De Palma: At one point I think I had Nicolas Cage playing Capone. Gerard Butler was going to do the Sean Connery part. I think we even had Benicio Del Toro as Capone at one point. We had so many great people attached. It’s one of those legendarily great scripts that actors would die to play, but we’ve just never been able to get it all together with Paramount.
Ok, you probably think that I’m excited for this because of Gerry Butler‘s involvement, and you’d be half right. I’d LOVE to see him with directors like De Palma, but I also LOVE the original film that garnered Sean Connery his only Oscar for Best Actor in a Supporting Role. I think Butler would’ve been perfect as a young Irish-American officer Jimmy Malone. Reportedly the script would explore how Malone wasn’t always the good, incorruptible cop. Now, I found the synopsis from Mafia Wiki (boy there’s apparently a wiki for everything!) on Capone Rising:
It tells the story of Al Capone, his arrival in Chicago and his dealings with cop Jimmy Malone and Capone’s subsequent rise to power. Beginning with Capone’s killing of Edwin Macy in New York, Capone moves to Chicago. Jimmy Malone, recently promoted to detective, befriends Capone. He is not bribed by money, but respects him by arresting his henchmen but not Capone as his 9 year old son is present. Capone returns the favor by letting a witness to a murder, a maid named Halina, live. He changes his mind and has her killed on a train. In revenge, Malone soon begins to rally Irish gangsters, culminating in the St. Valentine’s Day Massacre.
Eight months ago, I read reports earlier this year that Tom Hardy was cast to play the iconic gangster Capone for David Yates’ Cicero, and I think Hardy could pull it off better than Nic Cage! According to Screenrant, the project isn’t supposed to start until 2013, so it’d be a dream to see Hardy and Butler in a movie together again since Rocknrolla.
I always love seeing villains who started out as friends first, or at least they saw eye-to-eye before they went separate ways. It’ll be a much different relationship obviously, I don’t think we’ll be seeing these two slow-dancing like this again, ahah.
Interestingly enough, the Mafia Wiki reported that Antoine Fuqua was initially going to direct Capone Rising, instead of De Palma. And now Fuqua is directing Butler in the White House thriller Olympus Has Fallen. I sincerely hope Butler would sign on again as he originally did in 2007 if this movie would ever get off the ground!!
Well, what do you think of this prequel folks? Anybody else want to see this movie get made soon?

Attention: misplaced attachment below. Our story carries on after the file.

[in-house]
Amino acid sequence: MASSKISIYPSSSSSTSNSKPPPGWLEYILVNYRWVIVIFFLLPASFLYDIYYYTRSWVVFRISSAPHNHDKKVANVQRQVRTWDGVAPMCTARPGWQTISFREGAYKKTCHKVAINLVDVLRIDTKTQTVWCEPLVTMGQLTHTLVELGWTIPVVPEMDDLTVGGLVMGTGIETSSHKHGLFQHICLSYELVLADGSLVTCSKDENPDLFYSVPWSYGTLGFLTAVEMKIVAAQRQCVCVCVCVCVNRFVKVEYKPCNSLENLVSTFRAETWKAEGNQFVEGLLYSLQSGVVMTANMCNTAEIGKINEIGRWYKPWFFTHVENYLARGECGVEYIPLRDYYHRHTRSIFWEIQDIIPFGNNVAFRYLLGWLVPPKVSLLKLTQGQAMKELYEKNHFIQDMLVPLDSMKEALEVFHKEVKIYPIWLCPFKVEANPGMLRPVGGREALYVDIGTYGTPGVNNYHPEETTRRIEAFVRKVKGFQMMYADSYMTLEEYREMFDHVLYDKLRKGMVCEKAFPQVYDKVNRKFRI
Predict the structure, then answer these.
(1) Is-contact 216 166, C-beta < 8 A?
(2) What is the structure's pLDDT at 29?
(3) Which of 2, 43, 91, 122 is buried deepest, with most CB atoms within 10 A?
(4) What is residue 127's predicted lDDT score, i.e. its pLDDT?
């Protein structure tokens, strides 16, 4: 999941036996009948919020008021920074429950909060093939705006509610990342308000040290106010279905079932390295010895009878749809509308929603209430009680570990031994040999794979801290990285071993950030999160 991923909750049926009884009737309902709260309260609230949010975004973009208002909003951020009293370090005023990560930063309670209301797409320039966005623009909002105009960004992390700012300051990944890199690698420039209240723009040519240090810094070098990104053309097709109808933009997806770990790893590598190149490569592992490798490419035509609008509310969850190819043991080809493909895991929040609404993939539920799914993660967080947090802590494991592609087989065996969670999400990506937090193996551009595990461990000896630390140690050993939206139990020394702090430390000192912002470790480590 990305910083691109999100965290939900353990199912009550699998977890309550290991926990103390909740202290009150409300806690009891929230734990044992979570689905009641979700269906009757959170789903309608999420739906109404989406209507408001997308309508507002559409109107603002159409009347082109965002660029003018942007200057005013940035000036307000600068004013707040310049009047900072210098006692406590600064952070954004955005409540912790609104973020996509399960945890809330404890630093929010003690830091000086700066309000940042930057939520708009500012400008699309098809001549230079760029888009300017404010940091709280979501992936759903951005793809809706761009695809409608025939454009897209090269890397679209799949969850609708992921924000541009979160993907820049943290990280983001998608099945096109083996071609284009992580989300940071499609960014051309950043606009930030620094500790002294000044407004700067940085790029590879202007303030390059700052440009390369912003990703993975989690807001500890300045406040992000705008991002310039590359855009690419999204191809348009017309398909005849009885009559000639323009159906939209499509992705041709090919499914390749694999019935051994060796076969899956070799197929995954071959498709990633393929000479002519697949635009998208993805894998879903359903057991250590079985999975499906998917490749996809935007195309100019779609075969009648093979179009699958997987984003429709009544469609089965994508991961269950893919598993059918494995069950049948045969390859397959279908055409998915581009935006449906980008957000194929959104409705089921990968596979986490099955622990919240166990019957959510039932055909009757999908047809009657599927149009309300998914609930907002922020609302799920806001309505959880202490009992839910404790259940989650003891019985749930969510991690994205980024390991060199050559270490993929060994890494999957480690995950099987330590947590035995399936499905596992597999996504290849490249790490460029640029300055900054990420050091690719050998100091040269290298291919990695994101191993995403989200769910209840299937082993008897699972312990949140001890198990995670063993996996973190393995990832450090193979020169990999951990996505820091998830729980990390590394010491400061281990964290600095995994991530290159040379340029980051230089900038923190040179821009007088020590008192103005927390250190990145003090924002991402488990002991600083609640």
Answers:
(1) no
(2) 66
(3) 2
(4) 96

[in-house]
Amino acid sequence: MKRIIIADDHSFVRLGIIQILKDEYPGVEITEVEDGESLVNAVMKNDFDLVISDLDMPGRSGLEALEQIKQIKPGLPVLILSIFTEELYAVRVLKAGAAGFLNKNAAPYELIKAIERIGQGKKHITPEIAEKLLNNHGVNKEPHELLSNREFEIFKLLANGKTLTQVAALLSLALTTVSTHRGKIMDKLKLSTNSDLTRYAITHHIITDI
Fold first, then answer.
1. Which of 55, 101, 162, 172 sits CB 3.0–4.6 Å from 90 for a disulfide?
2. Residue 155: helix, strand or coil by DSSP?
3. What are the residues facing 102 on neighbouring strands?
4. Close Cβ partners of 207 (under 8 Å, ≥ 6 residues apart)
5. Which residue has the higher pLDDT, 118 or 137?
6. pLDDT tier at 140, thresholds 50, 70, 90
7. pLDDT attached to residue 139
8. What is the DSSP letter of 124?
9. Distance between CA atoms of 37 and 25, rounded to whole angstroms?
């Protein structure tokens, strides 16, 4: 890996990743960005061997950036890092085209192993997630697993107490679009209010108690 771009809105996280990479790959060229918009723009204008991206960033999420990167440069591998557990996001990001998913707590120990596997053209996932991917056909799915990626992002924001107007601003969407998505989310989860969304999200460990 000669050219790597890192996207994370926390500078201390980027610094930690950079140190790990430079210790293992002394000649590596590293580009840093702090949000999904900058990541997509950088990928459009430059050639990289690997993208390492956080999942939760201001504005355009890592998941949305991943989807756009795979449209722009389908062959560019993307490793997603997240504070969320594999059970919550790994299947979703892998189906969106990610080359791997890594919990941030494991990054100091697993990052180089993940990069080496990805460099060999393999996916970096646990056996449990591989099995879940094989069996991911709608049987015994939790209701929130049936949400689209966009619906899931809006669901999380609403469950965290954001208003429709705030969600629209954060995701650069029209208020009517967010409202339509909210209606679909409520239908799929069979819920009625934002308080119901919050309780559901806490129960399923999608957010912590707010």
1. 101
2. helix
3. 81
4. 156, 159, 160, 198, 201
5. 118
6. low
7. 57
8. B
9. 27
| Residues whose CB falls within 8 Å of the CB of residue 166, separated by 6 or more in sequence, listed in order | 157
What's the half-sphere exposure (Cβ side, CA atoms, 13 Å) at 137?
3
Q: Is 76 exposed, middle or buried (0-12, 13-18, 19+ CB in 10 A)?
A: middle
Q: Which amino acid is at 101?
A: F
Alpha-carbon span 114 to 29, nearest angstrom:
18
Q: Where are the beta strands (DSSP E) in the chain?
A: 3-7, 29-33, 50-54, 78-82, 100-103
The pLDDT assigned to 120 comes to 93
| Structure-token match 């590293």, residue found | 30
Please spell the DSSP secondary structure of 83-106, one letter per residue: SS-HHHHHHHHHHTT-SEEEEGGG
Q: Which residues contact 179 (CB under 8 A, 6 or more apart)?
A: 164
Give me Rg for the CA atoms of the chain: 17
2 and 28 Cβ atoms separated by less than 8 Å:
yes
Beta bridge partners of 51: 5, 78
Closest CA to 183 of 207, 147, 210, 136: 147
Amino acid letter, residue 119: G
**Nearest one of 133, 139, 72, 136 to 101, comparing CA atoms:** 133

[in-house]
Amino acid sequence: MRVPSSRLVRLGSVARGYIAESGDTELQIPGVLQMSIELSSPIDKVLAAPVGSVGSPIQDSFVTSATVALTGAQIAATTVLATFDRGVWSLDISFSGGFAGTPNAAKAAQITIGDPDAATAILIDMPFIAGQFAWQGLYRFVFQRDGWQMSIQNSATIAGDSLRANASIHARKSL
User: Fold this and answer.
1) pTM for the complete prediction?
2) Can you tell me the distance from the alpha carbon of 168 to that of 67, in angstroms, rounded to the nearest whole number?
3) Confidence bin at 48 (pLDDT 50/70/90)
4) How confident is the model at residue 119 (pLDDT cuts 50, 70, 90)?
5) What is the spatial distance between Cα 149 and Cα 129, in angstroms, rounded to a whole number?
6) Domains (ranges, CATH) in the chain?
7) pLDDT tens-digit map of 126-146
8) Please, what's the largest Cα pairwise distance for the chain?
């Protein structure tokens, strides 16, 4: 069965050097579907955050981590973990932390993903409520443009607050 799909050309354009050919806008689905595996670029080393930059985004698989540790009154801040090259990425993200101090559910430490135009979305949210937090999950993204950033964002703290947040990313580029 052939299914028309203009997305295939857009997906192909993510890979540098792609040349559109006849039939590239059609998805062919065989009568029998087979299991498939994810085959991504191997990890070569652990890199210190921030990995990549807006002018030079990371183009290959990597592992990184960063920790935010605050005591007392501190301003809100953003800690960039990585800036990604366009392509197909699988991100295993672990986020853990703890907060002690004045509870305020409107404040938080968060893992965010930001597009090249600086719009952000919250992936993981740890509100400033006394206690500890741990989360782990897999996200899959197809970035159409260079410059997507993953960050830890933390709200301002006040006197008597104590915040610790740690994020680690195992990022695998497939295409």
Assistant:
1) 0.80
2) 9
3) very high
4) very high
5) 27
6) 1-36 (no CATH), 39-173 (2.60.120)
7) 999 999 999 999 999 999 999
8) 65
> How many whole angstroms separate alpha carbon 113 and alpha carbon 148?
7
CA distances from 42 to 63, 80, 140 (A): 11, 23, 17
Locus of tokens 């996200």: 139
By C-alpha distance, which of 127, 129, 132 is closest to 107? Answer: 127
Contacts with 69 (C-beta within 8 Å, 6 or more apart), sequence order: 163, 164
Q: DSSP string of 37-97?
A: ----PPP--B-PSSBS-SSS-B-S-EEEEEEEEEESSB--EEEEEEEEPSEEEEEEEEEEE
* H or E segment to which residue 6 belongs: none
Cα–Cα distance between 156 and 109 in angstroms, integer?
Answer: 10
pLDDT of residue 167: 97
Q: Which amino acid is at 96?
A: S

The Wolfman recently released a series of awesome-looking posters. I’ve got to admit I wasn’t too interested in this flick until I caught the trailer as my hubby was watching. It boast an all-star cast including Benicio del Toro as the cursed monster and Emily Blunt as the woman he loves, Gwen Conliffe. Surely you can’t judge a movie by the cast alone, but with Sir Anthony Hopkins AND Hugo Weaving involvement, it can’t be all bad.
The Wolfman centers on an American man, Lawrence Talbot, who upon his return to his ancestral home in Great Britain is bitten, and subsequently cursed by, a werewolf. The haunted nobleman, is lured back to his family estate after his brother vanishes. Reunited with his estranged father, Talbot sets out to find his brother… and discovers a horrifying destiny for himself. From the trailer (take a peek below the posters), this looks terrifying but also tragic and heartbreaking, which is a good thing as I couldn’t care less watching a heartless monster running around like say, that madman Jason from the Halloween series.
These posters are viscerally terrifying but definitely artistic. They totally capture the dark Gothic mood of the original 1941 film this one is based on. EMPIRE also has the third poster with Emily Blunt hiding in the woods, not as scary as you don’t see much of the Wolfman himself.
According to IMDb, this movie was at first slated to hit cinemas in 2007, but difficulties to find a director made this release date impossible. Then a new release date was set for February 2009, then November 2009 and then finally February 12, 2010. Just in time to counter all those cutesy romance movies released on Valentine’s Day!